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Can still do free genetic testing, for life

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#1 ChrisC


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Posted 22 May 2012 - 10:27 PM

A number of us have participated, and it is fascinating to learn one's genetic makeup, a bit about ancestors, and so on. It also helps them learn more about CML and thus benefits ourselves and future generations. We all want to avert disease before it arises!


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Be alert, but not overly concerned.


• Dx Oct. 22, 2008, WBC 459k, in ICU for 2 days + in hospital 1 week

• Leukapheresis for 1 week, to reduce WBC (wasn't given Hydroxyurea)

• Oct. 28, 2008: CML confirmed, start Gleevec 400mg

• Oct. 31, 2008: sent home when WBC reached 121k

• On/off, reduced dose Gleevec for 7 months

• April 2009: Started Sprycel 100mg

• Sept. 2009: PCRU 0.000

• Sept. 2011: after 2 years steady PCRU & taking Sprycel 100mg before bed, quit Sprycel (with permission)

• Currently: still steady PCRU, testing every 6 months 🤗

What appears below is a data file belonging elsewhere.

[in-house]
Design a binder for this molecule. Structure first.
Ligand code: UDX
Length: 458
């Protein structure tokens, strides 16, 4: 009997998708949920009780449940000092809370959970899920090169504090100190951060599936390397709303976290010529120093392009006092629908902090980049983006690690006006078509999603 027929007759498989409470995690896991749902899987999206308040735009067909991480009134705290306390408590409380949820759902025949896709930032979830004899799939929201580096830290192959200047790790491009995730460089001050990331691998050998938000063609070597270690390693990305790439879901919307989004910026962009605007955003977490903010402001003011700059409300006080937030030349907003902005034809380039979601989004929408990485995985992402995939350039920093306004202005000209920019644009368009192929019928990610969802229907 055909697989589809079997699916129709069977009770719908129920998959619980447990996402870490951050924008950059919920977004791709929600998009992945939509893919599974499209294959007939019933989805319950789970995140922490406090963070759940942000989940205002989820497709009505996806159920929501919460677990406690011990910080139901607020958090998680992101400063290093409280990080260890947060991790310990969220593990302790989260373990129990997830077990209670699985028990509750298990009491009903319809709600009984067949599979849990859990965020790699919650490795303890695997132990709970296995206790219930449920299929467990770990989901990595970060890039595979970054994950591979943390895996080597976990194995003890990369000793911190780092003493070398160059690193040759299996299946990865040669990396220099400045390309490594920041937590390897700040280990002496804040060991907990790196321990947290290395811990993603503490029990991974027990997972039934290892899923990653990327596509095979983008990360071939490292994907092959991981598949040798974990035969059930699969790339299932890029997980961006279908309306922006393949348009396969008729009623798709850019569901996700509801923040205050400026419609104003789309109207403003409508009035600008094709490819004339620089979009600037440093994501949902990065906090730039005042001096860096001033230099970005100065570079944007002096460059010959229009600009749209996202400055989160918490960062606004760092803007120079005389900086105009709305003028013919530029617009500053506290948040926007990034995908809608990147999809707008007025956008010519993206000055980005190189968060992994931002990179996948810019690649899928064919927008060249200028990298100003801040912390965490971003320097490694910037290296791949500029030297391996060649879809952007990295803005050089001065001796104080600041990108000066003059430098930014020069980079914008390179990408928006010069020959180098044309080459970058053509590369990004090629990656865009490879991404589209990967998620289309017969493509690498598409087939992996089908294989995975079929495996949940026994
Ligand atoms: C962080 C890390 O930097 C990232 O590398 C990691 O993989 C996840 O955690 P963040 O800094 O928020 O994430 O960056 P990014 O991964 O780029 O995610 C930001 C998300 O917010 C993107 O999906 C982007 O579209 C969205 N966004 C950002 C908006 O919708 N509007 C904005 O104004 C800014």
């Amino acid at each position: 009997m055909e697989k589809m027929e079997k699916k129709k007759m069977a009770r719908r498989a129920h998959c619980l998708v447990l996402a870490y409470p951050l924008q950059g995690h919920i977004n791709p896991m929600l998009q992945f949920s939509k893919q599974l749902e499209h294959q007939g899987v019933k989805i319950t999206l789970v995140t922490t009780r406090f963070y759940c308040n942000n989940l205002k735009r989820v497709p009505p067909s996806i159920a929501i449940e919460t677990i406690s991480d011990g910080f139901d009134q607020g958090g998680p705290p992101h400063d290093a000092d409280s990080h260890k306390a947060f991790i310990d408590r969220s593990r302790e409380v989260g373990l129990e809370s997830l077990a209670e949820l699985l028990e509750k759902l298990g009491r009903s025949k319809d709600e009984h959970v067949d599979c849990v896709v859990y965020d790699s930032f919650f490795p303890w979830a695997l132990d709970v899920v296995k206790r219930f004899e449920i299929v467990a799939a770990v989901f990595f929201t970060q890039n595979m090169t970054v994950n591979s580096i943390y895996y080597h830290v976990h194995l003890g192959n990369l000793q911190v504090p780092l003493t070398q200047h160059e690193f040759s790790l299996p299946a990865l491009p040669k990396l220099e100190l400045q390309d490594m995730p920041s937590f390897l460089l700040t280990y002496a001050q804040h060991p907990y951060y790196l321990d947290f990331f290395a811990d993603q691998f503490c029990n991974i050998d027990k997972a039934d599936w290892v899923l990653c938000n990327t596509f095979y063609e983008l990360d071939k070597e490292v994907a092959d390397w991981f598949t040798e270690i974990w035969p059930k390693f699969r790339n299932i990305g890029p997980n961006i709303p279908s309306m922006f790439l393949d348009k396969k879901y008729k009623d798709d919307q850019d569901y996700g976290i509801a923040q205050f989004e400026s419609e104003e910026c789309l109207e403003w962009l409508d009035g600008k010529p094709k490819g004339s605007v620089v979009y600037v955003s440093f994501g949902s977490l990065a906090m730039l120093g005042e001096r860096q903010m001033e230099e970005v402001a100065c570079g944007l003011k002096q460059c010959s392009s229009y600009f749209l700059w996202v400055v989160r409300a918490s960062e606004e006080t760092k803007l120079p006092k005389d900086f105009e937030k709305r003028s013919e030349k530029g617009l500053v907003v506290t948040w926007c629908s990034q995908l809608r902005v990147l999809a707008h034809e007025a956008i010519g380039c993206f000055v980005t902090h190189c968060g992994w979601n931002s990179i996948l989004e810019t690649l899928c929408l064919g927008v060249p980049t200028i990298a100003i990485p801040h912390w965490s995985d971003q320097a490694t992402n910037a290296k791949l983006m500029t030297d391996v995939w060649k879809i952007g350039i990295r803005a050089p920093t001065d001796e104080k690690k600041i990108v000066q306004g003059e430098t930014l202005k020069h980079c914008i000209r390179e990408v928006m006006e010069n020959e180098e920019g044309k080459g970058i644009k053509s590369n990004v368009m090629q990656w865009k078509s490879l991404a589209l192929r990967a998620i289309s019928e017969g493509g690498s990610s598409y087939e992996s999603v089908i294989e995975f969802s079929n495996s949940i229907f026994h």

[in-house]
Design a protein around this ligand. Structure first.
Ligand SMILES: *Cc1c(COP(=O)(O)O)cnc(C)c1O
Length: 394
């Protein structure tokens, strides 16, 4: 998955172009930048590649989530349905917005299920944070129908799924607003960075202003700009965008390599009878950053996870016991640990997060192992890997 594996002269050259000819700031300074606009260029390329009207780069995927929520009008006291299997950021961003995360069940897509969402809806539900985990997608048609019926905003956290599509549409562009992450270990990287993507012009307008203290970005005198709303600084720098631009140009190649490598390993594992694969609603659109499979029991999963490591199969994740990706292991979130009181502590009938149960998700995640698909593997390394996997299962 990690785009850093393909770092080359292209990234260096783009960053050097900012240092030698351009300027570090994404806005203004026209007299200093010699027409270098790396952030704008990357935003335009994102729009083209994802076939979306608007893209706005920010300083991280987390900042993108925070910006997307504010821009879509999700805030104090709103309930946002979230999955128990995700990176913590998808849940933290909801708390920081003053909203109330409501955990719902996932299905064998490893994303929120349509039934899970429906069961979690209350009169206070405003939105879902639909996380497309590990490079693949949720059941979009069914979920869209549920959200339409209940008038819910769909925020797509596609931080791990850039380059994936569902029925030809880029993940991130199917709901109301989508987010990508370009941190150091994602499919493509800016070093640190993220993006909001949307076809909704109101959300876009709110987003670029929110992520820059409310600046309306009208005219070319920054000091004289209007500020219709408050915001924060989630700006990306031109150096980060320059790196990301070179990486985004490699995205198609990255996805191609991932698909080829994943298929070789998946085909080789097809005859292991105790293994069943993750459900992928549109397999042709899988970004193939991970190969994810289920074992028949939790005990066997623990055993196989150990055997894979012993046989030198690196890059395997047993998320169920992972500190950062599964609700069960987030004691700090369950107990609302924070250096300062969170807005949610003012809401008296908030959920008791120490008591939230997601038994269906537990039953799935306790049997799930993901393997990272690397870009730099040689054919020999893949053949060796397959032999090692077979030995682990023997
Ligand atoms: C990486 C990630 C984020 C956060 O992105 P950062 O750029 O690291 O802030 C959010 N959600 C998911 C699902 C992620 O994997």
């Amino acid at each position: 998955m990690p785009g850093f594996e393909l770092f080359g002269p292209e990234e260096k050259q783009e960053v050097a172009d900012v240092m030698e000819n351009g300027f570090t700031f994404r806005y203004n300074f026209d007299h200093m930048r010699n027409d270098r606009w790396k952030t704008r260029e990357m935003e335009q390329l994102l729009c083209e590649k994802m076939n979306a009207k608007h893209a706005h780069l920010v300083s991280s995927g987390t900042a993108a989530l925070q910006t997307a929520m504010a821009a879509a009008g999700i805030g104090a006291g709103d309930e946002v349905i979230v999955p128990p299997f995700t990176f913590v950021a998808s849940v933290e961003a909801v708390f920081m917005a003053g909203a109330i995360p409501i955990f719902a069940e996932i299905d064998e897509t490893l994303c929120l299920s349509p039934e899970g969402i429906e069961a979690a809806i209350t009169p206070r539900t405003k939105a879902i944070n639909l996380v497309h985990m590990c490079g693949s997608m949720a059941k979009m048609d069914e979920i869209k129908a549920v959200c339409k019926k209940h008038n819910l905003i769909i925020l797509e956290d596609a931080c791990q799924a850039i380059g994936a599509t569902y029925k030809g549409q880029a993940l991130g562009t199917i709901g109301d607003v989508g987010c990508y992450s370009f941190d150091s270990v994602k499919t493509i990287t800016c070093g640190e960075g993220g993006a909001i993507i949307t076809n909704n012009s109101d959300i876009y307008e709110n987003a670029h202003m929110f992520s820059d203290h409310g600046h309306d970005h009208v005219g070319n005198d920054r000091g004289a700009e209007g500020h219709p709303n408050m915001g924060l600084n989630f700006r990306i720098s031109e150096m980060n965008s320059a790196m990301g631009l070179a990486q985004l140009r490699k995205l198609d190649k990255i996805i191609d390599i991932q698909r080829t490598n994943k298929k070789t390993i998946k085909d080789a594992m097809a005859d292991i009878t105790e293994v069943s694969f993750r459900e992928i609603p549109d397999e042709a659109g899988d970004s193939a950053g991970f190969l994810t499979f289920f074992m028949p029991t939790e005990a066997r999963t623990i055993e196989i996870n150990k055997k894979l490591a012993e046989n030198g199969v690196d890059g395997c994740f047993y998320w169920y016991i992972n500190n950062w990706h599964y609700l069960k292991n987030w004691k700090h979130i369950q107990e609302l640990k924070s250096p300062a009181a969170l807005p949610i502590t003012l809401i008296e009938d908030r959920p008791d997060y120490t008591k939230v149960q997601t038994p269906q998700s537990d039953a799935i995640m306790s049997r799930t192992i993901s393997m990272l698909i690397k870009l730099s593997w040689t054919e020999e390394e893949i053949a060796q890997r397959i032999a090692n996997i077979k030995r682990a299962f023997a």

— Fatigue, hearing loss continue, alas, but I prefer to think it is all getting better!



#2 0vercast


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Posted 22 May 2012 - 10:41 PM

This sounds interesting.  I'm going to do it.  It's just a saliva sample they need.

#3 Tedsey


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Posted 24 May 2012 - 04:27 AM

I am tempted. However, I cannot help fearing this company trying to own a patent on to a certain gene or protien.  That would limit the freedom of other researchers or drug companies to develop better drugs, or a cure.  It could really slow down or put the kabosh on future research and development.  Somewhat along these lines: http://www.pbs.org/n...ents_04-02.html

Just a thought.


#4 Happycat


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Posted 25 May 2012 - 04:31 PM


A patent doesn't always mean " you can't touch this". What it does mean is that companies need to ask for a license or some other sort of partnership before developing or marketing a treatment - meaning the patent company gets a cut of any proceeds.  In other words, it says "you have to pay to touch this".

There, let's see if that will bring Phil out of hiding for a ribald riposte!  Phil, you gotta love that softball right down the middle.


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